Most of the targets on Rayne’s hit list are just uniformed Nazis with inflated health bars, but some take the form of proper boss fights. Memorable examples include a high priest whose pulpit doubles as a mobile Gatling gun, a provocatively dressed doctor who uses her own minions as test subjects, and a steampunk cyborg supersoldier. Nearly all of them can be easily beaten via a proto-Dark Souls method of hugging their backside and slashing away in Blood Rage.
Actually finding your prey can take a bit of work. Levels tend to be short but sprawling affairs with plenty of verticality. You can use “Aura Vision” to highlight the location of Rayne’s objective, but navigating these compact labyrinths can lead to some accidental backtracking. It’s especially annoying if you have a breakthrough, only to then die and restart an entire stage because, in ruthless 2002 fashion, there are no mid-level checkpoints or manual saves in this dojo.
That’s usually not a problem, because whether you’re facing Nazis, parasitic demons or ancient vampires with nipple piercings, BloodRayne is a fairly easy game. Or it is until you reach one of its infrequent gimmick stages. Early on, Rayne must follow a spider back to its lair without losing sight of it. The challenge doesn’t come from falling behind, but getting too far ahead and accidentally failing the mission because you were too damn good. Later, you’re briefly put in control of a bipedal tank. It’s slow, it turns like a yacht, there’s no way to repair it, and you’re expected to defeat five other tanks. It’s a truly awful section that drags the whole game down and honestly I’m still angry about it.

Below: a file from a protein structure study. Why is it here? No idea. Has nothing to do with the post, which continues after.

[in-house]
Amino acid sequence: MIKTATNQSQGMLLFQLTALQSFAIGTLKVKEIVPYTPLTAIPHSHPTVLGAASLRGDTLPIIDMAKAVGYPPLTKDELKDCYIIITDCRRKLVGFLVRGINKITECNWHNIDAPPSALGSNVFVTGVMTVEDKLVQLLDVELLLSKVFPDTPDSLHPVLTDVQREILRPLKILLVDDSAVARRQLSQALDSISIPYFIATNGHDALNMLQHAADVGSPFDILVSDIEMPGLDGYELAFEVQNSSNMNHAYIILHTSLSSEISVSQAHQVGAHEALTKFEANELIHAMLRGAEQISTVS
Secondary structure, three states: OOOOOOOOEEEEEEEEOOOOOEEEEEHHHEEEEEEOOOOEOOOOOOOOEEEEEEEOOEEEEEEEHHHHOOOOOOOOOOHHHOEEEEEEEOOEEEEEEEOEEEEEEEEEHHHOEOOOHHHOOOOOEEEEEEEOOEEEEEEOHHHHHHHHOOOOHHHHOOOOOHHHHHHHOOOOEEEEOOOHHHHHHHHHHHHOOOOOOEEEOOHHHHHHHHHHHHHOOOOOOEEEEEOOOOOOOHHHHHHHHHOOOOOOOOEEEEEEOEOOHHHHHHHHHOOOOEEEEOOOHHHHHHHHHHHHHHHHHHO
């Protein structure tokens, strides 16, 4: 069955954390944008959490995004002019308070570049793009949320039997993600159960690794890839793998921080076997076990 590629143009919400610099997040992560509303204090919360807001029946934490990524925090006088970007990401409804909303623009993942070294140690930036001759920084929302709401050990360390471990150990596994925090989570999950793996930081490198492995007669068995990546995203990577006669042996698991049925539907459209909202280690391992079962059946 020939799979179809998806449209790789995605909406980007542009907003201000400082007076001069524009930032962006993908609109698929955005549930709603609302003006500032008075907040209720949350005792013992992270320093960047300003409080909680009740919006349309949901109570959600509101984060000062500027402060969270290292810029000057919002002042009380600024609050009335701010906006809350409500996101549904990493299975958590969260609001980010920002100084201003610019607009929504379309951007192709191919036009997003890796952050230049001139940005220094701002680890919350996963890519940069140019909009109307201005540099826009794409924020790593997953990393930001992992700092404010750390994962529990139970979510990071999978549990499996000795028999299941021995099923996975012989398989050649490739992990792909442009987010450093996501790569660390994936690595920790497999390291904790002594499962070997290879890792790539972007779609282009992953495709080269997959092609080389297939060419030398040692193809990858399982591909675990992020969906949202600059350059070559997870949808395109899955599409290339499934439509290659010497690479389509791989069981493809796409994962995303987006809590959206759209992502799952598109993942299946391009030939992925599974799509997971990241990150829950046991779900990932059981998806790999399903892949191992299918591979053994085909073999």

Nuts & Bolts
The Terminal Cut updates Bloodrayne for modern operating systems, boasts native widescreen support, performs smoothly at 60fps and features crisp, uncompressed textures. Technical quirks include cutscenes locked at 30fps, and the default brightness being set far too high. Gamepad support is welcome, but camera control feels stiff and sluggish compared to using a mouse.
Keep in mind this is still based on the old German-friendly PC version, and therefore still lightly censored. Blood and gore is fully intact, but swastikas are swapped out for triskelions (though a few cheeky portraits of Hitler remain). For some reason the swamp mutants are now green. This feels less like censorship, and more like someone at Ziggurat is a really big Shrek fan. Mods do exist online, if you want a more authentic experience.
BloodRayne is a perfect example of the brazen schlock best produced from early 2000s game development, but it still carries a number of frustrations typical to that era. If you can persevere, this optimised Terminal Cut offers a hilariously cathartic opportunity to drown the Third Reich in their own blood.
Just please don’t ask me about the cheat codes.